In the hit television drama The Good Wife, there's a scene where Peter Florrick, a disgraced and incarcerated former prosecutor played by Madison native Chris Noth, is talking to wife Alicia about how his conviction could be overturned, in which case "everything goes back to normal." This after she's learned, via CNN, that he betrayed their marriage vows in torrid liaisons with a prostitute, à la Eliot Spitzer.
"Peter," Alicia replies, "it's never going back to normal."
I think of this exchange whenever I hear upbeat news about the "rebounding" economy. Last week, for instance, the state Department of Workforce Development reported that unemployment in Wisconsin fell to 7.7% in May 2010, down from 8.2% in April and 8.6% in May 2009. The unemployment rate in Dane County is now just 5.2%, the lowest in the state.
That's terrific - unless you happen to be one of the 15,344 workers in Dane County still out of work, or one of many more whose sense of economic security has been severely eroded by successive waves of crises.
Anyone who's been paying attention has to feel a deep sense of betrayal. The covenant that supposedly exists between the American economic system and its people - work hard, play by the rules, get ahead - has been brusquely elbowed aside by a more urgent ethic: Those who got, get.
When banks and other financial institutions engaged in reckless practices that nearly bankrupted the economy, the political structure rushed to protect...the banks and other financial institutions. Most have weathered well the perfect storm they created.
As for the impact on ordinary citizens, just check out the foreclosure notices in the daily paper. On Tuesdays, an especially busy day (because of when these actions are filed), the State Journal usually runs dozens.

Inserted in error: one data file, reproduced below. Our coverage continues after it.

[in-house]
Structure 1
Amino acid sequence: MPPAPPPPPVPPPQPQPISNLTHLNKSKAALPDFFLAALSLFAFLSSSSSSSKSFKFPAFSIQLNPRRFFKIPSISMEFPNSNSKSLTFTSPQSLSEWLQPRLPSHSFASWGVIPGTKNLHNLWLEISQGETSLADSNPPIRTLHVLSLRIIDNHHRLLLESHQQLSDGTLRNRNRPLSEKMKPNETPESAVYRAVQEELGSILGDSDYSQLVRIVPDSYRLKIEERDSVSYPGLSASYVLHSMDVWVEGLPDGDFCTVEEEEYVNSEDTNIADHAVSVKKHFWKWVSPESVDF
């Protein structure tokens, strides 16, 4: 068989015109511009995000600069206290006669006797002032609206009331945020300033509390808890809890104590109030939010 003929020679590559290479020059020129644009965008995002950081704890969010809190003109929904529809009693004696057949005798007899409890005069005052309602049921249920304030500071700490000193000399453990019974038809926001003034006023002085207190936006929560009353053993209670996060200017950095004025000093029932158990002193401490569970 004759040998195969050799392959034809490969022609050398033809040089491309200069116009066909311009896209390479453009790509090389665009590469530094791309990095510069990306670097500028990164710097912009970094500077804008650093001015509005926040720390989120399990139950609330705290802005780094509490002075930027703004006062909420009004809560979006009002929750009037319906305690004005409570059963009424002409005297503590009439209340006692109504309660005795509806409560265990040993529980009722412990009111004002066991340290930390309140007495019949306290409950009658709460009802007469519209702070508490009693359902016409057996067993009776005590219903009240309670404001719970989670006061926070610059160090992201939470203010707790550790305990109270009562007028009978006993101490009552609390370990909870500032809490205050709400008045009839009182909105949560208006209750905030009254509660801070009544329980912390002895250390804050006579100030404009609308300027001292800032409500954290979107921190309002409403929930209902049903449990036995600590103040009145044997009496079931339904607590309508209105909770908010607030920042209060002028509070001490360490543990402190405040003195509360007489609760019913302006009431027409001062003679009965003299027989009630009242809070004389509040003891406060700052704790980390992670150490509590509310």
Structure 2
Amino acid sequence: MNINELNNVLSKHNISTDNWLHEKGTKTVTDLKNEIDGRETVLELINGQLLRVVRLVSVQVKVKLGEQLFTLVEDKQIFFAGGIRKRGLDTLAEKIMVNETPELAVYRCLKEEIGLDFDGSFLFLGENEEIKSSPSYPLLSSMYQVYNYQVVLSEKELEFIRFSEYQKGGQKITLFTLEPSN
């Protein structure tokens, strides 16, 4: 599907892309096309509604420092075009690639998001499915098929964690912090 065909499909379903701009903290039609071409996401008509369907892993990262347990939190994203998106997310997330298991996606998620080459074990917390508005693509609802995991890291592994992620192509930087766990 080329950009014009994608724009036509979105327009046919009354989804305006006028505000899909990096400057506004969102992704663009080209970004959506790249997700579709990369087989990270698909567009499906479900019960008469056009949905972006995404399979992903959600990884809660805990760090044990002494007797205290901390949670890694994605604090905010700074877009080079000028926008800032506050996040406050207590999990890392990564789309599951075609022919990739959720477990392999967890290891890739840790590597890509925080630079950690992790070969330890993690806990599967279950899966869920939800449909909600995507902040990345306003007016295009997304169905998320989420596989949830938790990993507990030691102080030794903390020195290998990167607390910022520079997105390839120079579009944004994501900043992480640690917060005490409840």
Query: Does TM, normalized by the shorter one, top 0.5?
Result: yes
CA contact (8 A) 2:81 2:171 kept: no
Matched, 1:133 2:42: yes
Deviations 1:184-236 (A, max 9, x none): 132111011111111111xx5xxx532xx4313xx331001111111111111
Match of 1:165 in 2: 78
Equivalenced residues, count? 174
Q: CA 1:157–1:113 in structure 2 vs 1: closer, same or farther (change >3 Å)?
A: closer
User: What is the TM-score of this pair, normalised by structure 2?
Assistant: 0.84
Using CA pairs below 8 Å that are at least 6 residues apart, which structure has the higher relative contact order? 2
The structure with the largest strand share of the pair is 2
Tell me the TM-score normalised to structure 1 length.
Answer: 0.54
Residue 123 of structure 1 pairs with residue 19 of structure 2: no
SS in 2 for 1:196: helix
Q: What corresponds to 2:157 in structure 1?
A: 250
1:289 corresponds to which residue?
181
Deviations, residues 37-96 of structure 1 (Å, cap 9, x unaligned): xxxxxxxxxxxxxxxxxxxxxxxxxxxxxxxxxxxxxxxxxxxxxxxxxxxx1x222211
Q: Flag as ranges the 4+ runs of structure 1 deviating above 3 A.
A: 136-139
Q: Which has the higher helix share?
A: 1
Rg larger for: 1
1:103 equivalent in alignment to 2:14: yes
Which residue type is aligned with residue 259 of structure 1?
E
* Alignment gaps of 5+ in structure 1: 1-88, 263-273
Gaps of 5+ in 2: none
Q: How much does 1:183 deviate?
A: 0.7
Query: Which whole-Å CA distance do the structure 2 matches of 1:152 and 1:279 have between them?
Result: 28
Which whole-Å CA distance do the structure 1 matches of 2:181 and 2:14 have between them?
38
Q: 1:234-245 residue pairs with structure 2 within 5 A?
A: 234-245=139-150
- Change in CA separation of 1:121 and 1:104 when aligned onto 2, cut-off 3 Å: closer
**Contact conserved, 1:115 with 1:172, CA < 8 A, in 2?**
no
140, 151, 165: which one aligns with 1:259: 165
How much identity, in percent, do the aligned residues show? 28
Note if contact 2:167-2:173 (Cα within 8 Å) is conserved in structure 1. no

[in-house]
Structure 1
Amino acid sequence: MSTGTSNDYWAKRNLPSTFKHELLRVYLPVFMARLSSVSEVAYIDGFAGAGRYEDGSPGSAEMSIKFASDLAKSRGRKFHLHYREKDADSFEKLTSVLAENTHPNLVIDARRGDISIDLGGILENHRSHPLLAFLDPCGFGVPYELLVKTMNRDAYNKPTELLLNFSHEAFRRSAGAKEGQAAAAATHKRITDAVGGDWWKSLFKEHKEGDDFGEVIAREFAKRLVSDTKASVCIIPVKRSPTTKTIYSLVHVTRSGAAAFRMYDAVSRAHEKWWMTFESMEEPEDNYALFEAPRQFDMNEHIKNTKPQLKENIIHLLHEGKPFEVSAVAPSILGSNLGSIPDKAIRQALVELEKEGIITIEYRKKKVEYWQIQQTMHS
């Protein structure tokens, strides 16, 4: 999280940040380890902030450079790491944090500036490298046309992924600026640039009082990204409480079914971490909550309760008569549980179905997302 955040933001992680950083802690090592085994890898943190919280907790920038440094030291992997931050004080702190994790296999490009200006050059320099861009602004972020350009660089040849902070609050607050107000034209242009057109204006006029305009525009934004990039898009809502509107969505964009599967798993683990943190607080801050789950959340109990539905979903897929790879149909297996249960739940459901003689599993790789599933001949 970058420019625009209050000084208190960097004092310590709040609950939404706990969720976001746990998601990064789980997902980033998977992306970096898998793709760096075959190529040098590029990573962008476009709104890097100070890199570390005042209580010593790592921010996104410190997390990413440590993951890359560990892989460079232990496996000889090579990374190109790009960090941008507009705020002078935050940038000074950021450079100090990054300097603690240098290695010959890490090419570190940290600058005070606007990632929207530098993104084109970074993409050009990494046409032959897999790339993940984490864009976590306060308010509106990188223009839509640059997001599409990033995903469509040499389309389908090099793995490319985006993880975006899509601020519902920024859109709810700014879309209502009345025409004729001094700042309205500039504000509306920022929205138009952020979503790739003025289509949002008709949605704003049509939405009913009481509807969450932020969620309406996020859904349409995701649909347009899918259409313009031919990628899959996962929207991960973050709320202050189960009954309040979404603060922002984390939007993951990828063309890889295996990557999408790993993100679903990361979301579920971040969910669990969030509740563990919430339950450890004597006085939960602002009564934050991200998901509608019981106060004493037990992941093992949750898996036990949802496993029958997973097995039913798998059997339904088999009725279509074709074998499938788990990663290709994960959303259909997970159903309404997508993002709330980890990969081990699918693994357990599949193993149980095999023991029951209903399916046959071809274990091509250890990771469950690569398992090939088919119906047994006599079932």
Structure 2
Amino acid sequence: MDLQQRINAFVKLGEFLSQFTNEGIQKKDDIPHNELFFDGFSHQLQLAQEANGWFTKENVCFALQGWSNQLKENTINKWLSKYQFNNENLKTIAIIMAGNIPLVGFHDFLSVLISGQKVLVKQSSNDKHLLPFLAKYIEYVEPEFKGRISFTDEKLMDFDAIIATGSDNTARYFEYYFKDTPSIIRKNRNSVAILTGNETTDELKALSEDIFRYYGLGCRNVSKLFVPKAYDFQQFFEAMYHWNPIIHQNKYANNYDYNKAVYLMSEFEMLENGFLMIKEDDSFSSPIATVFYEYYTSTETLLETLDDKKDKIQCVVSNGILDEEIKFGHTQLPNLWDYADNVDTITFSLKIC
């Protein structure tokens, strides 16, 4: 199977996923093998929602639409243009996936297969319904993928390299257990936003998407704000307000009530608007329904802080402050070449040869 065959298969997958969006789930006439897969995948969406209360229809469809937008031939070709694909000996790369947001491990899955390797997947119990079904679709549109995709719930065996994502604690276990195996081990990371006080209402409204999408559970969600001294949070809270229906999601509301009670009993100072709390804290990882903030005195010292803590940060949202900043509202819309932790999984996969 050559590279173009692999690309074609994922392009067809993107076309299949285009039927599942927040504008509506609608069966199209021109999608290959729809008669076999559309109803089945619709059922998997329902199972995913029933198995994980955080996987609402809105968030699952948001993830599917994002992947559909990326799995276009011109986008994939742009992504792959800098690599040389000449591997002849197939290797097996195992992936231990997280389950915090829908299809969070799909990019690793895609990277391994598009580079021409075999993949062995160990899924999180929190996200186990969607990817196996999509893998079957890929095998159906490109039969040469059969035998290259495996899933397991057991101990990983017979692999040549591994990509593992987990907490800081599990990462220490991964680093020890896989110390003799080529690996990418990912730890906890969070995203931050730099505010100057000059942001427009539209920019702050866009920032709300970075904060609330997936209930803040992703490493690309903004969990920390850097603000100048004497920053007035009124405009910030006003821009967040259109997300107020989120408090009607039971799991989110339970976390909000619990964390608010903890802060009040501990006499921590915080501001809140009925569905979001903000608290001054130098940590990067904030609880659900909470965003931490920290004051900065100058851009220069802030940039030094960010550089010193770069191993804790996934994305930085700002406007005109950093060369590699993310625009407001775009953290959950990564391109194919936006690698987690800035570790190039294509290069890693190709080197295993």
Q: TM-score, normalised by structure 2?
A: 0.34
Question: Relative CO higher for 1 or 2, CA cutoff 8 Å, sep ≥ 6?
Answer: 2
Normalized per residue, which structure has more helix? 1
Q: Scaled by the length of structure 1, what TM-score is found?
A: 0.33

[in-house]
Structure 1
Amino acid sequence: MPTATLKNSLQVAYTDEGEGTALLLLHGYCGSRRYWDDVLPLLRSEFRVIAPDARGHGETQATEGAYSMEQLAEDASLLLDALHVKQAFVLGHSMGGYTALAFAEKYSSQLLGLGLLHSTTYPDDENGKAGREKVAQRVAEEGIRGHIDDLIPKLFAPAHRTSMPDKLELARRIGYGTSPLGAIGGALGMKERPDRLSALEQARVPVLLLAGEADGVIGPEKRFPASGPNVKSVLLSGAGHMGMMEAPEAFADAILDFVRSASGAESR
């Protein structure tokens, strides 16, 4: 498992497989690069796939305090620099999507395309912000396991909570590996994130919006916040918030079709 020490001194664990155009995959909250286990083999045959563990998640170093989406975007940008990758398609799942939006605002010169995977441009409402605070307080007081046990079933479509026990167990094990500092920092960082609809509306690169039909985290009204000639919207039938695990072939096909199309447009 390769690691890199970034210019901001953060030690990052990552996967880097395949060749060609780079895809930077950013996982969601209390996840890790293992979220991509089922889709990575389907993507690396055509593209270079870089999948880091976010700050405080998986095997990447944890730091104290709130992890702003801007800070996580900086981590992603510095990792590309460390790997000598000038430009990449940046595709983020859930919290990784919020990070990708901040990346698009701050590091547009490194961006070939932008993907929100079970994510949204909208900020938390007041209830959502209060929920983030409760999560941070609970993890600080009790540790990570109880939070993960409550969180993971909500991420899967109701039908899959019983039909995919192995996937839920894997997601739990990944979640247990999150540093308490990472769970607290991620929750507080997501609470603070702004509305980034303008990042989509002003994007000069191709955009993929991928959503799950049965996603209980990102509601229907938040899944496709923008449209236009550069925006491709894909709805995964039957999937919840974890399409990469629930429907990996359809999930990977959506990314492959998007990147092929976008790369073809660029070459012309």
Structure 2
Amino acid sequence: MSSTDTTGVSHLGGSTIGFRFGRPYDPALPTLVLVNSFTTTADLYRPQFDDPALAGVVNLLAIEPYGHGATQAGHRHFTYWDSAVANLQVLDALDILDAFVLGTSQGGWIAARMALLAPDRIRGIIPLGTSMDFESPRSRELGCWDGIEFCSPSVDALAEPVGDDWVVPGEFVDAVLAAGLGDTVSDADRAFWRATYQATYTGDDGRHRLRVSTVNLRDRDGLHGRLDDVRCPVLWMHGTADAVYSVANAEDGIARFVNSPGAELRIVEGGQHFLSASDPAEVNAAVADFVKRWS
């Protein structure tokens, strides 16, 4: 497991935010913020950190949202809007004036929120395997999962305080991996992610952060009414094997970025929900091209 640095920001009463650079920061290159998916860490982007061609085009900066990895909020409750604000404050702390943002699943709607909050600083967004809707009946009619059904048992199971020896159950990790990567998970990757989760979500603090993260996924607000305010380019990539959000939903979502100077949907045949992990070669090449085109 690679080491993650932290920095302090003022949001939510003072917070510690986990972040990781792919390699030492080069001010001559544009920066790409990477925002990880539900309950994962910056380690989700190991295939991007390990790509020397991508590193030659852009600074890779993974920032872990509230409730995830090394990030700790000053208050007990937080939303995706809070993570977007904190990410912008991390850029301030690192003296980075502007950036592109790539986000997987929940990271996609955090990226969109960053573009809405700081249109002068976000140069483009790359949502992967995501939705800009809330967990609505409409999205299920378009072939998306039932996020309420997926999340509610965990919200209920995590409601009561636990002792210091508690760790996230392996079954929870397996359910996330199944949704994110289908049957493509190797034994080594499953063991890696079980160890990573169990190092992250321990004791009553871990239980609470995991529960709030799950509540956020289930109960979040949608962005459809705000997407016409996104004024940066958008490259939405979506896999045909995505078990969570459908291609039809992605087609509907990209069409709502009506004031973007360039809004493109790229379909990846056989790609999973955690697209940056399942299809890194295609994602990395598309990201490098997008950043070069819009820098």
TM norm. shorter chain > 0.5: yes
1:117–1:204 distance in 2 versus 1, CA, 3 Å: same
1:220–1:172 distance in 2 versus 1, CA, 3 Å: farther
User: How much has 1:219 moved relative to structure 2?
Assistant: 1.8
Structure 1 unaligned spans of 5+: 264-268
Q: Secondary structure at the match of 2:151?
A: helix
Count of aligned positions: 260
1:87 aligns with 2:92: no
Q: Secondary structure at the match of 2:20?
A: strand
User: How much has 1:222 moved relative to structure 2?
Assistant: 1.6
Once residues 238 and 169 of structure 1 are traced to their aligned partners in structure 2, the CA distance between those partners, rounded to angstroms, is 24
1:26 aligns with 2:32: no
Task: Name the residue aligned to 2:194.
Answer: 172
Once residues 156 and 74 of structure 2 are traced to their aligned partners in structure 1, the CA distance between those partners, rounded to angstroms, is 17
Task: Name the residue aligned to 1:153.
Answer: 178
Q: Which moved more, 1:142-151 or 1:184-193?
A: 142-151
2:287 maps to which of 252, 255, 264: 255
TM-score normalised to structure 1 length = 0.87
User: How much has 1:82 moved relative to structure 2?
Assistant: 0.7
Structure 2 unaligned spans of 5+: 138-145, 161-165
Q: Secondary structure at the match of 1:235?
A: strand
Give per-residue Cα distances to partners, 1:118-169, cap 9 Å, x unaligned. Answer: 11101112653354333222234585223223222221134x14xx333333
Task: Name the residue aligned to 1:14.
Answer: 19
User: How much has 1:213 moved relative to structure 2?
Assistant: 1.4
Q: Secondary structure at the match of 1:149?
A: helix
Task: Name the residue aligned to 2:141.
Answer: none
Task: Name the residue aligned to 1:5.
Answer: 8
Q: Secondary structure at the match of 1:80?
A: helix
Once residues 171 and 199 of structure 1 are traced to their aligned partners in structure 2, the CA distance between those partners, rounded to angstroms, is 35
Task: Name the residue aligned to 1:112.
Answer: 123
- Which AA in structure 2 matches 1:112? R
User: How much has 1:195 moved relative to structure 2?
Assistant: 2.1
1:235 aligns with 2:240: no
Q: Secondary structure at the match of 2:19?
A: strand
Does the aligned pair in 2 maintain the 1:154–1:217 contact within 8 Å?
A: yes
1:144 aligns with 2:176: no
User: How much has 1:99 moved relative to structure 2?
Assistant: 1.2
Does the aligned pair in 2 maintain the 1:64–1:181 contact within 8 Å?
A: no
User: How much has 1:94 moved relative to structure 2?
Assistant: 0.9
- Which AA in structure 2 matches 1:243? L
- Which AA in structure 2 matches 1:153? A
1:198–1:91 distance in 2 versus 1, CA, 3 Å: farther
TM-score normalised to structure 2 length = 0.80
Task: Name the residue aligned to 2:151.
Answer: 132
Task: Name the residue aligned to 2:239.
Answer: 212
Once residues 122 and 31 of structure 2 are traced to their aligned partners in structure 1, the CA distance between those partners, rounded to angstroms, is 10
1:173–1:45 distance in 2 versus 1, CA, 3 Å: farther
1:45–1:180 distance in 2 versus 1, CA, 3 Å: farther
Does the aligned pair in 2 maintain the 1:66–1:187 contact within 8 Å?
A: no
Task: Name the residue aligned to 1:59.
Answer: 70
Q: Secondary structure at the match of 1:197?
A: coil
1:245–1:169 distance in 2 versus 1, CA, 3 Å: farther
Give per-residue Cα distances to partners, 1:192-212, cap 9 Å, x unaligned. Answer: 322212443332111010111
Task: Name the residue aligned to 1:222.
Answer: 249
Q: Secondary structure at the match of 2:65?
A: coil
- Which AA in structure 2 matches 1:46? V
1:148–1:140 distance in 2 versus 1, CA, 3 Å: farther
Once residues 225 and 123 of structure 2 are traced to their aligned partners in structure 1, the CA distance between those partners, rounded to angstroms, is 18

The point has been made, perhaps more emphatically than ever, that those who benefit most from the labor of others are the last to get hurt when times get tough. The nation's elected leaders make sure of that. Then they pretend otherwise, no matter how obvious it becomes, because they need the support of ordinary folk to get elected.
This is doubtless something elected leaders have been doing, to some degree, since the dawn of civilization. The question is: Now that the curtain has been pulled back and we've clearly seen what is going on, will we let everything go back to normal?
Know this: When politicians solemnly promise to devote themselves to improving the lot of ordinary working people, they're lying.
I've previously written on how state Democrats failed to pass even a modest increase in the state minimum wage, even though they now control both houses of the state Legislature and the governor's office ("Dems Don't Do the Minimum," 2/4/10). The party's leaders refused even to bring the matter to the floor, to avoid embarrassing party members who would have voted against it.
That's par for the course. But do we really have to keep falling for it?
This election year, when Democrats running for office champion the cause of ordinary workers, let's make sure they get some feedback loud and clear: "Liars!"
Tom Barrett, the Dems' choice for governor, purports to be a champion of working people. But apparently the words "minimum wage" appear on his campaign website only once, in a posted comment on a blog:
"Will you support a higher minimum wage - or even a living wage? Will you support legislation that ensures workers share the success for their hard work?"
The response from a campaign flack was to blow smoke about Barrett's commitment to creating and retaining jobs, which he's elsewhere promised to do with "targeted tax cuts" and "putting Madison on a diet," as though eight years of state government cutbacks under Gov. Jim Doyle were not harsh enough.
In 2005, as mayor of Milwaukee, Barrett signed a slight increase in the city minimum wage. Democrat Doyle reacted by pushing through a permanent ban on the ability of local governments to set higher minimums.
Now Barrett apparently doesn't even talk about raising the minimum. And even if he did, who would - or should - believe him?
My purpose is not to suggest there are no differences between the Democratic and Republican approach. It's just that these differences are not, in the end, all that consequential for people struggling to get by.
Democrats talk a good game, then invariably betray the people who vote for them. Republicans, meanwhile, wave the flag and tout social issues they don't do anything about, so they can run on these same issues again.
Both parties are truly, madly, deeply aligned with powerful special interests and an economic system that promotes the upward distribution of wealth.
Does that sound like an obvious thing to say?
Good. Then maybe we won't need any more reminders.